Love, Love, Love –
The Swearing Jar Reviewed.
by Thom Ernest – Film Correspondent
November 17, 2022 – Toronto, ON) There is an impressive roster of RomCan to choose from. For me, Away from Her, Take this Waltz, Still Mine, Below Her Mouth, Barney’s Version (sort of), and And the Birds Rained Down stand out. I approach romantic dramas with an it’s-not you, it’s me cynicism. I’m open to the possibility of being swept away—after all, I’ve been adequately surprised by more than a few. Dramatic romance can do that.
But, I wasn’t convinced that director Lindsay MacKay’s film, The Swearing Jar, would be able to jar me out of my cynicism. It worried me because I’m a fan of MacKay’s first feature, Wet Bum. I wanted to be a fan of The Swearing Jar too.
I was concerned because where Wet Bum’s characters have a relatable awkwardness to them, the characters in The Swearing Jar seem consciously designed to sell the characters as being incidentally irresistible. The casual direction, the playful montages, and the off-the-cuff delivery of lines all create a glimpse into the lives of its lead characters, albeit it’s a Facebook version of a glance.
The film’s three leads, Adelaide Clemens, Patrick J. Adams, and Douglas Smith, put in great performances. For the first while—perhaps the first third of the film—there is a fear those performances have no place to go.
Anyone familiar with Kate Hewlitt’s play, The Swearing Jar (Hewlitt is also the film’s screenwriter) knows that the story, which must have played so wonderfully live, is an essential set-up for the final two-thirds of the film. It is a film worth the time it takes to tell the whole story.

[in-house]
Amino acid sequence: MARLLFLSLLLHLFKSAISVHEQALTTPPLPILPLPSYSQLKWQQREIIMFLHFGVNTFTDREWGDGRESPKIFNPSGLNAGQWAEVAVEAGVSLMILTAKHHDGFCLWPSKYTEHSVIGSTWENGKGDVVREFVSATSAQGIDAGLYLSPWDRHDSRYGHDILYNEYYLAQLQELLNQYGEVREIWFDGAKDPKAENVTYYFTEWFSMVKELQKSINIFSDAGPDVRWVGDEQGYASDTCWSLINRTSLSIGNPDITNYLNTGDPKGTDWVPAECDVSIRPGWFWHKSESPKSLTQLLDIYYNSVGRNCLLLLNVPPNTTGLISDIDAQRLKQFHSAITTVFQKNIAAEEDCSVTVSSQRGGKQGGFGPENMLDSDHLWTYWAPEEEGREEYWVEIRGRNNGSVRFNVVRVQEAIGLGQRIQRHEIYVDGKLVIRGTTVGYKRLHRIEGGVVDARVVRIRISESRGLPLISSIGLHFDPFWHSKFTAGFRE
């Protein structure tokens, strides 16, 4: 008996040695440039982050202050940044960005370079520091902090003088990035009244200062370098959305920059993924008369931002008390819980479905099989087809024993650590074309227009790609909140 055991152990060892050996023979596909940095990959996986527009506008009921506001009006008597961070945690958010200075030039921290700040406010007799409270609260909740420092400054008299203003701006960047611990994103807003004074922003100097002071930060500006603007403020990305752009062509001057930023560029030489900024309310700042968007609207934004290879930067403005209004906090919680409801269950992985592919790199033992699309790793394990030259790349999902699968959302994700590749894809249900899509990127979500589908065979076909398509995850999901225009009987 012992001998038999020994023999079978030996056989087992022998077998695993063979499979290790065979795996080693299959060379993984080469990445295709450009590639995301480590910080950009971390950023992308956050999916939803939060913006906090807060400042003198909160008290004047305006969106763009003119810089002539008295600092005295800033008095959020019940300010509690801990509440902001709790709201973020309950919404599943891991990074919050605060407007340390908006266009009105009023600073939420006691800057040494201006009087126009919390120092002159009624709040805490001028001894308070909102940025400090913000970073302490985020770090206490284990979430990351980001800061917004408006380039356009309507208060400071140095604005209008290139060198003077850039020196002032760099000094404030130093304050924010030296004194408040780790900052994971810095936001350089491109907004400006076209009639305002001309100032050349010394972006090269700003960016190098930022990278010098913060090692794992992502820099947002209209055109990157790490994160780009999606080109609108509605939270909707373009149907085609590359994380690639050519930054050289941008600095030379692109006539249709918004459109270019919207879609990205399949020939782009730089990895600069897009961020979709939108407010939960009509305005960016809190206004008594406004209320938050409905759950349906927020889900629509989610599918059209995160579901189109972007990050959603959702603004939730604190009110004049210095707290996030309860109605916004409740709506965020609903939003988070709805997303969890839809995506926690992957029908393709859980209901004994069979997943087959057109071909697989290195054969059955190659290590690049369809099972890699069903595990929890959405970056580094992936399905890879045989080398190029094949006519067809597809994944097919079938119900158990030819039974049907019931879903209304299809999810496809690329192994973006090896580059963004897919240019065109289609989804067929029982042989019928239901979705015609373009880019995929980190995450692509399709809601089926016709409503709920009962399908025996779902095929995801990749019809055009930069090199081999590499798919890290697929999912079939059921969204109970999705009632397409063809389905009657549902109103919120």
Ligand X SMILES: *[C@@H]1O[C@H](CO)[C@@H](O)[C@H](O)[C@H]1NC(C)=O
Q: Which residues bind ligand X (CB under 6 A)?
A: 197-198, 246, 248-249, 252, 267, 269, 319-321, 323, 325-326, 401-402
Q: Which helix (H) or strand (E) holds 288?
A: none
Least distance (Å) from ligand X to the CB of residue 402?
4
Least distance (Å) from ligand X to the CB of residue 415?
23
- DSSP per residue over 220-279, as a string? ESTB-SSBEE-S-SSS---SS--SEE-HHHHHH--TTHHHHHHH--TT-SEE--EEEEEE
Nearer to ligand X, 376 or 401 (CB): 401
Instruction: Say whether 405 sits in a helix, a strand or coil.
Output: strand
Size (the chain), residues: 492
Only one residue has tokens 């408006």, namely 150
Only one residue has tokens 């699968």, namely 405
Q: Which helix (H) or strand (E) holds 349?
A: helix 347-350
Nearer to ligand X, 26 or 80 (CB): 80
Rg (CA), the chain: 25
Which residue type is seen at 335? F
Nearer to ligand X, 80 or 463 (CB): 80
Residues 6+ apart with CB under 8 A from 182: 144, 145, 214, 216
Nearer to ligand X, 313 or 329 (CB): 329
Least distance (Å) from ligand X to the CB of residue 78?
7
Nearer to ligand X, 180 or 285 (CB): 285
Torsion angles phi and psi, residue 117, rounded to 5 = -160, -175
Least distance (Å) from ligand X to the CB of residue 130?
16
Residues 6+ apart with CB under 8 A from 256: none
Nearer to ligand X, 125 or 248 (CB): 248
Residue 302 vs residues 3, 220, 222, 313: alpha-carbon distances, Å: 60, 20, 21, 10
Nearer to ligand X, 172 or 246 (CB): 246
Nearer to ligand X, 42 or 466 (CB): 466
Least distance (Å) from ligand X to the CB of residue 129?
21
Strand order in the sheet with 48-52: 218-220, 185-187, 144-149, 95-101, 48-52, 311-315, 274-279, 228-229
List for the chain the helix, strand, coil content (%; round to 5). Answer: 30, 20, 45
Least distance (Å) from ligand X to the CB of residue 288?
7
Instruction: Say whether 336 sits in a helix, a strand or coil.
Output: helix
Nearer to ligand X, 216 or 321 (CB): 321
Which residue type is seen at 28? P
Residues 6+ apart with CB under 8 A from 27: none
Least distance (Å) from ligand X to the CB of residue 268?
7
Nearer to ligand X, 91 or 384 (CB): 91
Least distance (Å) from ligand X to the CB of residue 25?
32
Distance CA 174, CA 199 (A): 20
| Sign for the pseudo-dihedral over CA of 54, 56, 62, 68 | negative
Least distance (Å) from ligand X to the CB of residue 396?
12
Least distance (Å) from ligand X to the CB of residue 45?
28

The story opens with a young couple, Carey (Clemens) and Simon (Adams), celebrating the news that they are to become parents. The thing is, Simon has information too, and it’s written on a little strip of paper, but when Carey announces her pregnancy, Simon secretly returns the note to his pocket. And here’s where it stays until the final act.
Watching Kathleen Turner in the secondary role of Bev, Simon’s problematic mother, is a pleasure. Bev is remarkable because she is precisely what the other characters aspire to be and perhaps what they might become given enough time. Bev is broken but healed, outspoken but reserved, and sorry but without regrets. Turner embodies each of those contradictions, creating some of the film’s best moments.
While Bev is confronted with being a grandmother and the painful memory of her failed marriage and maternal responsibilities, Carey and Simon happily prepare for the baby’s arrival, including implementing a swear jar to help curb their colourful language. It’s all for the baby.
But Carey meets Owen (Adams), a charming bookstore clerk. Owen’s charm can seem cloying if you haven’t shaken off the cynicism by this point. You might also wonder why Owen looks a lot like the guy playing guitar with Carey on stage. The similarities can be confusing until you recognize that The Swearing Jar does not pay much attention to timelines. This is not a romance told in chronological order. The effect is a payoff that invites you to reconsider scenes you’ve seen before.
Watch the trailer and learn more about the cast and crew of The Swearing Jar.
Thom Ernst is a Toronto based film critic and writer and an active member of the (TFCA) Toronto Film Critics’ Association. His work has appeared in various publications including Playback Magazine, The Toronto Star, and The National Post. He is known to CBC Radio listeners for his lively contributions to Fresh Air, Metro Morning, and CBC Syndication as well as appearing on-air for CTV News Channel and The Agenda with Steve Paikin. He was host, interviewer and producer of televisions’ longest running movie program Saturday Night at the Movies. Currently he can be heard interviewing Canadian filmmakers on the Kingston Canadian Film Festival podcast, Rewind, Fast-Forward